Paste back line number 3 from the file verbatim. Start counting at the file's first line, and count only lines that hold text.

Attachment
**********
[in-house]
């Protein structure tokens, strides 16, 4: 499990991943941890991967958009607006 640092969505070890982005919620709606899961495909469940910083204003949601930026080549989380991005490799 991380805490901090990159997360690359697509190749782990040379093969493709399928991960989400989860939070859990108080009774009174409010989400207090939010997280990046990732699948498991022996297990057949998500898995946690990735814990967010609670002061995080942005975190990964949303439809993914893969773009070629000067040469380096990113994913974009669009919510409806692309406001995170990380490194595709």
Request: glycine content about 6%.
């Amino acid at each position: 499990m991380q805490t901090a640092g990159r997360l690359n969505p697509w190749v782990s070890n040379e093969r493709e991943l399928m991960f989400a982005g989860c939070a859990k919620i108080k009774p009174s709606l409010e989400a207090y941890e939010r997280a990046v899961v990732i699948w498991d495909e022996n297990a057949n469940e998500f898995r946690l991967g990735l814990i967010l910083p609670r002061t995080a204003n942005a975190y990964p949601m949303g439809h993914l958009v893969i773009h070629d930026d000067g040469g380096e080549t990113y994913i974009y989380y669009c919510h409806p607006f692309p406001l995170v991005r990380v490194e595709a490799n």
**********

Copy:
Request: glycine content about 6%.